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Beginner Vegetables: Pepper Problems! Help!

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smiller1988
Churchville, PA

June 26, 2012
9:52 AM

Post #9181898

I have a pepper garden consiting of cayenne peppers, banana peppers, jalapenos, and various bell pepper plants.

The cayenne peppers are not turning red. They developed brown growth lines and showed no sign of changing to red even though they are past their harvest date.

The banana peppers are also showing no signs of turning red

The bell peppers are rotting (see picture). The colored bell peppers such as yellow bell peppers have turned black and have been for over two weeks and show no sign of changing to yellow.

Overall I am not seeing the necessary color changes in my peppers. And I have the issue seen in the picture with almost all of my green bell peppers.

I water the plants every day...can anyone help?!?

Thumbnail by smiller1988
Click the image for an enlarged view.

urbanveggies412
Pittsburgh, PA
(Zone 6a)

June 26, 2012
1:13 PM

Post #9182215

I may be wrong but I believe pepper plants like to have dry periods in between waterings. Maybe this is only for spicy varieties though... Anyone else?
sweetie77
Kankakee, IL
(Zone 5b)

June 26, 2012
11:35 PM

Post #9182925

I would like to know too! This has happened to me in the past. I know overwatering and over fertilizing can cause problems in peppers.

Gymgirl

Gymgirl
SE Houston (Hobby), TX
(Zone 9a)

June 27, 2012
7:20 AM

Post #9183174

Peppers can get some of the same types of fungus as tomatoes get. Google and read up on "Blossom End Rot" (BER).

Not suggesting that's what you have, but good information to have in your toolbelt(s). I had that same yucky stuff on peppers I grew last season. I added some dolomitic lime to the soil and watered it in well. It seemed to stop the fruit deterioration.

Not saying that's what you have, but...just fyi...

Linda

Ray_Der_Phan

Ray_Der_Phan
Oceanside, CA
(Zone 10a)

June 27, 2012
4:54 PM

Post #9183886

At first glance I thought sunburn, but the pic was sideways :) It's BER. Pick the pepper now, cut off the bad part and enjoy eating it.

Peppers take time(sometimes a lot of time) to change color. DTM is useless...it's just a general guesstimate.
sweetie77
Kankakee, IL
(Zone 5b)

June 27, 2012
9:36 PM

Post #9184241

This isn't the end... is it still BER?

Thumbnail by sweetie77   Thumbnail by sweetie77   Thumbnail by sweetie77
Click an image for an enlarged view.

Ray_Der_Phan

Ray_Der_Phan
Oceanside, CA
(Zone 10a)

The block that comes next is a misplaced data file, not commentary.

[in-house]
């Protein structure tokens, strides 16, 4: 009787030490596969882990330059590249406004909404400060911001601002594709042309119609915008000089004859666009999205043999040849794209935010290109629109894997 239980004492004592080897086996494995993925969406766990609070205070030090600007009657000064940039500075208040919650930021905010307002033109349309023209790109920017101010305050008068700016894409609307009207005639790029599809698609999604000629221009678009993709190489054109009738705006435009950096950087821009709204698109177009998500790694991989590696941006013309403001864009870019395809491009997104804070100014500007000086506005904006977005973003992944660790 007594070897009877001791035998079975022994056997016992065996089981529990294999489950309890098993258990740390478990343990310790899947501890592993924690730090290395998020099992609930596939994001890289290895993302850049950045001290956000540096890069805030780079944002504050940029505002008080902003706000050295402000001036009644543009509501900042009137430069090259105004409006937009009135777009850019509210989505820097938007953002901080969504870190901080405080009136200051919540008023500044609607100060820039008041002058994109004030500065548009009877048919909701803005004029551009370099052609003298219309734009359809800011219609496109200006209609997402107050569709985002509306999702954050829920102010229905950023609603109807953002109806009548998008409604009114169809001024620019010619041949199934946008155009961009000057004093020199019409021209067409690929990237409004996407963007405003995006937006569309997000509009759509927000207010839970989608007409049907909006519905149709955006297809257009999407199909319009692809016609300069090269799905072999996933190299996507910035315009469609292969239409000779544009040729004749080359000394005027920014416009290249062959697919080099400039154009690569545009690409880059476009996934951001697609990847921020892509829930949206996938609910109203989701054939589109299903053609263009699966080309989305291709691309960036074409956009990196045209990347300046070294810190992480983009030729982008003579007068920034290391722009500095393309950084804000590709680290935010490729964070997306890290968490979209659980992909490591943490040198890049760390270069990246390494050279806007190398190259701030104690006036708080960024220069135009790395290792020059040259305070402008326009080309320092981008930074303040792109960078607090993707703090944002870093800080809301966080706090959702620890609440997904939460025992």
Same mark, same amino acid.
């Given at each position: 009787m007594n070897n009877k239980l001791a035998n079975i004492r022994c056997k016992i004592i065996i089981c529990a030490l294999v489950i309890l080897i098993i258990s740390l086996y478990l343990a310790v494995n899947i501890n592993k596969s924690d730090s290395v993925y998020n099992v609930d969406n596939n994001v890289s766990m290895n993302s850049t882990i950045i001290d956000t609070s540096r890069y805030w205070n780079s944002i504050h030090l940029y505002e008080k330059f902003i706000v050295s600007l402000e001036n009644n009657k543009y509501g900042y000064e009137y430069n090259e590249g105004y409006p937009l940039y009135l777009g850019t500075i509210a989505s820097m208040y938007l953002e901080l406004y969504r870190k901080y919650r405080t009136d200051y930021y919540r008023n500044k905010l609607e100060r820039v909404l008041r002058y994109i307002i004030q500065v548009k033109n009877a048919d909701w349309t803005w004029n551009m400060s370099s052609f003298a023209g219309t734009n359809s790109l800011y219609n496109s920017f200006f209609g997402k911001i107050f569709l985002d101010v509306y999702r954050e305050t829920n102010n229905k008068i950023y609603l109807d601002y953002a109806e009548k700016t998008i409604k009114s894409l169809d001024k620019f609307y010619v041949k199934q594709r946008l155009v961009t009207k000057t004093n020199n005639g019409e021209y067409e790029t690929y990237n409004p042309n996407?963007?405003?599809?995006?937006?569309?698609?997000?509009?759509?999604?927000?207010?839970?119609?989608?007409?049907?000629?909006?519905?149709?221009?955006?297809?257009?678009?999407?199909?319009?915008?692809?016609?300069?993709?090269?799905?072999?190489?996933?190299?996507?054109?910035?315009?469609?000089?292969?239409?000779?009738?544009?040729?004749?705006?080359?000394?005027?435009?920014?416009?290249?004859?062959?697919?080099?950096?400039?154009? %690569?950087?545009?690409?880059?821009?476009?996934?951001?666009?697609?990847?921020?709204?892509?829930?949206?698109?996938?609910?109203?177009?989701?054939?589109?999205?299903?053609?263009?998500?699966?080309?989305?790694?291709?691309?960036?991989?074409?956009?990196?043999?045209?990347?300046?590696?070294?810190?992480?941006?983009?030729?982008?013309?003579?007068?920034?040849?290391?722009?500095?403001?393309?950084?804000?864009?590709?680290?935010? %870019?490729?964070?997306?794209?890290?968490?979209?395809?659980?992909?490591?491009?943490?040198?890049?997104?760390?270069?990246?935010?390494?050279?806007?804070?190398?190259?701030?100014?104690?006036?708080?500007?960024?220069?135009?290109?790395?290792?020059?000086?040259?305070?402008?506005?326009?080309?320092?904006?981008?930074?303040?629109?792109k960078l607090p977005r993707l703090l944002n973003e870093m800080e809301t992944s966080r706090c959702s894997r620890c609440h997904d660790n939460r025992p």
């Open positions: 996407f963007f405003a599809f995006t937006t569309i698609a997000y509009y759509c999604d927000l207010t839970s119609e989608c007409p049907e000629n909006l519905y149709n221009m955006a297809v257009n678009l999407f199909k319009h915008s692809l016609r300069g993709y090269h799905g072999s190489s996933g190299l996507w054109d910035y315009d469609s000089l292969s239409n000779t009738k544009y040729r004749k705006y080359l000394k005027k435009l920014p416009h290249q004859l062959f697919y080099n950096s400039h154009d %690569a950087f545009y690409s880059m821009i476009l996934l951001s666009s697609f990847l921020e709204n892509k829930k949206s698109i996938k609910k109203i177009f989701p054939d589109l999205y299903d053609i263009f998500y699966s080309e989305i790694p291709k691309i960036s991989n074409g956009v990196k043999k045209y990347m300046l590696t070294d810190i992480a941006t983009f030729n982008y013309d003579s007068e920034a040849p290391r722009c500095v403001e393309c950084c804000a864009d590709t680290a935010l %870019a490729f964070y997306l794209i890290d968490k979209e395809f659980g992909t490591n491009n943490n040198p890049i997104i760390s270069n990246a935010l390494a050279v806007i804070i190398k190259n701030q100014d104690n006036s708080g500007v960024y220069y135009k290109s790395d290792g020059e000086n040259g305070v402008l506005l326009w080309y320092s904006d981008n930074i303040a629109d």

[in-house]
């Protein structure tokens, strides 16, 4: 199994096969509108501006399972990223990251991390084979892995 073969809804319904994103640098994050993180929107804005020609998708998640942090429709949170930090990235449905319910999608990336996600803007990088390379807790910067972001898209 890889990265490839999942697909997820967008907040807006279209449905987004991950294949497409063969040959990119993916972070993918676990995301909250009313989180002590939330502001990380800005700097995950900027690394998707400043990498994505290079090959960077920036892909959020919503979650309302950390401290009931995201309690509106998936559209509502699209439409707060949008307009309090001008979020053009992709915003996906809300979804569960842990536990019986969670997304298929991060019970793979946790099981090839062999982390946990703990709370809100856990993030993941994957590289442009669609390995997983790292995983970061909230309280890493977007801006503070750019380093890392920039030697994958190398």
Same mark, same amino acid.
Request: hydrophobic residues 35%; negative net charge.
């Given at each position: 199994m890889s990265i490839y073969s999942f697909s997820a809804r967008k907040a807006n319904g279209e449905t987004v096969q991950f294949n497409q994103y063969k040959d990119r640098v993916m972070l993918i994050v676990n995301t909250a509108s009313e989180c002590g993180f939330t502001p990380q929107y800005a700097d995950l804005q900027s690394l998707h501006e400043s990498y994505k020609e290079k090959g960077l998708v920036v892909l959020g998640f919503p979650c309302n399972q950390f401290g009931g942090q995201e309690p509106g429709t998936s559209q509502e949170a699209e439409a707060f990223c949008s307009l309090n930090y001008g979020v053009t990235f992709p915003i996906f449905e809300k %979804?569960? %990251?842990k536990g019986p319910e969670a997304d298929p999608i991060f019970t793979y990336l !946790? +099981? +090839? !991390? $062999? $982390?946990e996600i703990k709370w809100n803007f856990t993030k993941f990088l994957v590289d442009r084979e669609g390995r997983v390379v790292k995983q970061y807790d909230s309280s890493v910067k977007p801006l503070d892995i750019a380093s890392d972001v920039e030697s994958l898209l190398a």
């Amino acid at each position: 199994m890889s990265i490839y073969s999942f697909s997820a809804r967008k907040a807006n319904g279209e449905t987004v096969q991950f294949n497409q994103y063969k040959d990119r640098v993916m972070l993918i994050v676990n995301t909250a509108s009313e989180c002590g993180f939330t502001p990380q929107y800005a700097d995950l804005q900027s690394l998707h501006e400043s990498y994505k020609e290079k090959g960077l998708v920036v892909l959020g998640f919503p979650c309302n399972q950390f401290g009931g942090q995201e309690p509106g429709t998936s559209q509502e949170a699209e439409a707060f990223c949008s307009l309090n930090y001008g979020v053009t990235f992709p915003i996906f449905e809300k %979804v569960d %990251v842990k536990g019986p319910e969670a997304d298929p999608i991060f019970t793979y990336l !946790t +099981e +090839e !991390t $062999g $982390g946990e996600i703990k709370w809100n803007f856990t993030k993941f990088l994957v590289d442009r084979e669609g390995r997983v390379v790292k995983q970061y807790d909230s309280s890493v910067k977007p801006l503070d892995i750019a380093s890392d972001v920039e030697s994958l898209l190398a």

June 28, 2012
4:49 PM

Post #9185297

Ah, not only at the blossom end. Sunscald... take a look at some of these pics [HYPERLINK@www.google.com]
sweetie77
Kankakee, IL
(Zone 5b)

June 28, 2012
9:22 PM

Post #9185654

Yep! That's it. Now what to do about it...

Thanks so much!

drthor

drthor
Irving, TX
(Zone 8a)

June 29, 2012
7:59 AM

Post #9186018

Ray_Der_Phan
very smart answer. I never thought about sunscald on peppers.

sweetie77
here in Dallas I found out that my pepper do so much better if they are growing under afternoon shade.
I have planted this year on the bottom of my veggie patch and they are getting some afternoon shade by a large oak tree.
I think they are doing so much better than in full sun all day long. Actually for the first time I am harvesting really thick skin peppers.

Gymgirl

Gymgirl
SE Houston (Hobby), TX
(Zone 9a)

June 29, 2012
9:14 AM

Post #9186110

Yep, that's what I had on mine, too!

Thanks, Ray!
jannz2
Pilot Point, TX
(Zone 7b)

June 30, 2012
3:43 PM

Post #9187904

Yup... that's what my peppers did too. I'll know to plant where they can get some afternoon shade next time. Thanks for posting that link.

Ray_Der_Phan

Ray_Der_Phan
Oceanside, CA
(Zone 10a)

June 30, 2012
4:16 PM

Post #9187947

Wow, never knew so many had problems with sunscald. I see it only once or twice a year on taller growing pepper plants, but sounds like you all are seeing it more often. Definitely sounds like a shade cloth, or moving them out of the sun (at it's peak of the day) for a hour or 2 would help in your areas.
SusanKC
Shawnee Mission, KS
(Zone 6a)

July 1, 2012
8:33 AM

Post #9188631

smiller - Looks like there is a mineral deficiency or hogh ph on the plant at the back left side of the photo. Usually that's what it is if you have leaves where the veins are a darker green than the rest of the leave.
urbanveggies412
Pittsburgh, PA
(Zone 6a)

July 2, 2012
6:18 AM

Post #9189640

Just checked the garden and I also have some of this on some peppers.
Trigsgarden
Fort Worth, TX

July 16, 2012